|Jimmy Bean||DE||6'5, 250||Sr.||3 stars (5.7)||0.8615||13||35.5||4.6%||6.5||3.5||0||1||3||0|
|Trace Clark||DE||6'4, 257||Sr.||3 stars (5.7)||0.8701||13||14.0||1.8%||2.0||0.0||0||0||0||0|
|Vili Leveni||DT||6'3, 290||So.||3 stars (5.5)||0.8153||13||11.5||1.5%||4.5||1.0||0||0||0||0|
|Vincent Taylor||DT||6'3, 300||So.||3 stars (5.7)||0.8944||10||10.5||1.4%||1.0||0.0||0||0||0||0|
|Victor Irokansi||DE||6'3, 240||Jr.||3 stars (5.6)||0.8478||9||2.0||0.3%||1.0||1.0||0||0||0||0|
|Eric Davis||DT||6'3, 295||Jr.||3 stars (5.7)||0.8738|
|Ben Hughes||DT||6'3, 310||So.||3 stars (5.6)||0.8839|
|Jordan Brailford||DE||6'3, 240||RSFr.||3 stars (5.7)||0.8879|
|Jarrell Owens||DE||6'3, 265||RSFr.||3 stars (5.7)||0.8735|
|Trey Carter||DE||6'4, 267||RSFr.||3 stars (5.7)||0.8807|
|Motekiai Maile||DT||6'4, 305||Jr.||3 stars (5.7)||0.8706|
|Darrion Daniels||DT||6'3, 290||Fr.||4 stars (5.9)||0.9032|
|Louis Brown||DE||6'6, 210||Fr.||3 stars (5.6)||0.8707|
|Taaj Bakari||DT||6'2, 295||Fr.||3 stars (5.5)||0.8489|
7. Got tackles?
Junior end Emmanuel Ogbah enjoyed one of the most impressive breakout campaigns you're ever going to see. He had four sacks as a freshman reserve in 2013, and he and Jimmy Bean were tasked with raising their game last fall; Bean did alright, with 3.5 sacks and three forced fumbles, but Ogbah was a stud. He sacked Jameis Winston twice in the season opener, then racked up nine more and broke up five passes in the following 12 games.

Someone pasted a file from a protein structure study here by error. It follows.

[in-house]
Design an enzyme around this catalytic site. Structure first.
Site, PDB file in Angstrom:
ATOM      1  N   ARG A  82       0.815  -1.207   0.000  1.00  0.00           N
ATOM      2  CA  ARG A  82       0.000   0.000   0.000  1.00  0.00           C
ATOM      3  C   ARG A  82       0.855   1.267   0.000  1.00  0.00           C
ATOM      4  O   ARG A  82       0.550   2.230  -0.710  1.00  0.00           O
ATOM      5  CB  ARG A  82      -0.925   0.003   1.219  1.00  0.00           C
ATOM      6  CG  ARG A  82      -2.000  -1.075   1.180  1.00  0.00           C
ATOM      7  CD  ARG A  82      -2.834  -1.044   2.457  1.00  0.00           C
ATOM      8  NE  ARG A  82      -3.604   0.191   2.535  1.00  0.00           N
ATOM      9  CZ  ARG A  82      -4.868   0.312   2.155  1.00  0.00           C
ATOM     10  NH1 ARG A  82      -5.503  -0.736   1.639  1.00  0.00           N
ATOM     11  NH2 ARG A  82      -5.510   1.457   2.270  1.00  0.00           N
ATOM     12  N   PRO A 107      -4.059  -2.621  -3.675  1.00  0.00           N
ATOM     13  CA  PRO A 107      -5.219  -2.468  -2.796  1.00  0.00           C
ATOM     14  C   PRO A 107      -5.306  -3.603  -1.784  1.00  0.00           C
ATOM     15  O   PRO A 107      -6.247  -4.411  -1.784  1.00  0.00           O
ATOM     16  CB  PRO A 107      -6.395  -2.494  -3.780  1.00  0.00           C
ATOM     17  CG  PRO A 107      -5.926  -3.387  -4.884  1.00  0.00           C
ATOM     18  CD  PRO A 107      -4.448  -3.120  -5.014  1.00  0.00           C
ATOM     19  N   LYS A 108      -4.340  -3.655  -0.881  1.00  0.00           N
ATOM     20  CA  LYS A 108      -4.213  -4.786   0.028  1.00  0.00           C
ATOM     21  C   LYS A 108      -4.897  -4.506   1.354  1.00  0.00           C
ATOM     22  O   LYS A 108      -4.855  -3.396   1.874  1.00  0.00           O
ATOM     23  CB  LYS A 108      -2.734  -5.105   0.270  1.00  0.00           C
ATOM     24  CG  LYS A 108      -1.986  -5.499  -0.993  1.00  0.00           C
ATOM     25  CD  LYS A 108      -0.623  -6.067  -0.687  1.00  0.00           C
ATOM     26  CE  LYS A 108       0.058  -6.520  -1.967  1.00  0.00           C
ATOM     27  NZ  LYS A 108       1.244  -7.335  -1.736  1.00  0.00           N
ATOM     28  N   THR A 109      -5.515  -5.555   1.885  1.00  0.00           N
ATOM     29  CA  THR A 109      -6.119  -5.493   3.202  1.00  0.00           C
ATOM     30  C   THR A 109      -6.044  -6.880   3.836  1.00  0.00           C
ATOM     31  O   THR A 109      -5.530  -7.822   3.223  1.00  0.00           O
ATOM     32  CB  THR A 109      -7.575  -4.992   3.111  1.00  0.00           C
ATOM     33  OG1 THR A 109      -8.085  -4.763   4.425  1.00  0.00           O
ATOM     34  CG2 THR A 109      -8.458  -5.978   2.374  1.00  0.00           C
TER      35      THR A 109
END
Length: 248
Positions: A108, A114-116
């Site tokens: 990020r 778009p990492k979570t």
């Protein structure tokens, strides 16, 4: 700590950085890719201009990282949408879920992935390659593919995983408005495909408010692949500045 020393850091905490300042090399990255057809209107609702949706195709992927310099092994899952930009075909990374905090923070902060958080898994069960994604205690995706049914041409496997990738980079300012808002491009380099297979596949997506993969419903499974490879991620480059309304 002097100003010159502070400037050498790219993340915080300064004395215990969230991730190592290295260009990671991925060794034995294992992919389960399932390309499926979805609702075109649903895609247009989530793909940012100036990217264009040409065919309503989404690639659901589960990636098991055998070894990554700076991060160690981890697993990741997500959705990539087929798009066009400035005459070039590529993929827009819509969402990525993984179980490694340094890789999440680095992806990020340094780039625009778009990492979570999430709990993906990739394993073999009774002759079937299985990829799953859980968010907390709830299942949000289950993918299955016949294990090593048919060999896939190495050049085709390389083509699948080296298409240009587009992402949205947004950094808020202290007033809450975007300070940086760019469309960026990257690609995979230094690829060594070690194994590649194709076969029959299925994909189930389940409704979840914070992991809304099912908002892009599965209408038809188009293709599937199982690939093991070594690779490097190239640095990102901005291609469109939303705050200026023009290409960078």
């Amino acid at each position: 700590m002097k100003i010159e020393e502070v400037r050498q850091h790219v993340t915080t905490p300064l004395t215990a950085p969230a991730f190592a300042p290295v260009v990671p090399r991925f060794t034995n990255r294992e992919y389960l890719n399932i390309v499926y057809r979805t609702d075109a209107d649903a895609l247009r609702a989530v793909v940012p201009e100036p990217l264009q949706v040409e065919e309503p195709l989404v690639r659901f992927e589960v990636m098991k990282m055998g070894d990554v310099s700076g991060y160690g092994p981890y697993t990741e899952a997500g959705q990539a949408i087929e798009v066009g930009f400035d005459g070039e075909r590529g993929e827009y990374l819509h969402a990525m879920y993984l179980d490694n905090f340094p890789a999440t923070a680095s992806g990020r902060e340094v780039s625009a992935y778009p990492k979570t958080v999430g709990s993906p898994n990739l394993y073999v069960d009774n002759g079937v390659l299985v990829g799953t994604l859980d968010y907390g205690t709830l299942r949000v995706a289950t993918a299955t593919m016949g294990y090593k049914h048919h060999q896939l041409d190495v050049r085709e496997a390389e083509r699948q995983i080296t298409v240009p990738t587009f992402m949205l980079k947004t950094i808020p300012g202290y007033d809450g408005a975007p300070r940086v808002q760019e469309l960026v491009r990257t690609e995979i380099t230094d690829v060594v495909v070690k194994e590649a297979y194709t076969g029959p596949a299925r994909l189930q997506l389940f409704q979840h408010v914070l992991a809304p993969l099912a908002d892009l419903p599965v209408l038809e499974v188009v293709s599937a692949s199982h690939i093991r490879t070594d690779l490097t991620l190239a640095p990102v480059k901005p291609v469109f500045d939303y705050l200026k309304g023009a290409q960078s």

Even with the loss of the Cowboys' best blitzer, Furman, it's hard to worry much about the OSU pass rush as long as Ogbah is on the field.
Meanwhile, in Ryan Simmons and Seth Jacobs, OSU boasts a pair of dual-threat linebackers; they combined for 16 non-sack tackles for loss (which suggests good run instincts) and 11 passes defensed. With a trio of well-regarded sophomores (including former four-star recruit Gyasi Akem) and two transfers -- Stephen F. Austin-by-way-of-JUCO strongsider Jordan Burton and former California signee Chad Whitener -- OSU has more linebackers than it will be able to use.
The tackle position, however, could slow the front seven down. The linebackers can only do their jobs if the tackles are occupying blockers, and losing James Castleman and Ofa Hautau leaves OSU unknown at the position. Sophomores Vili Leveni, Vincent Taylor, and Ben Hughes all come well-regarded, and Leveni showed major play-making potential last year. [Update: Leveni will miss the 2015 season with an Achilles tendon injury.] Plus, two newcomers -- JUCO transfer Motekiai Maile and four-star freshman Darrion Daniels -- could have an immediate impact. None of these players are seniors; in fact, Bean and Simmons might be the only two senior contributors in the front seven.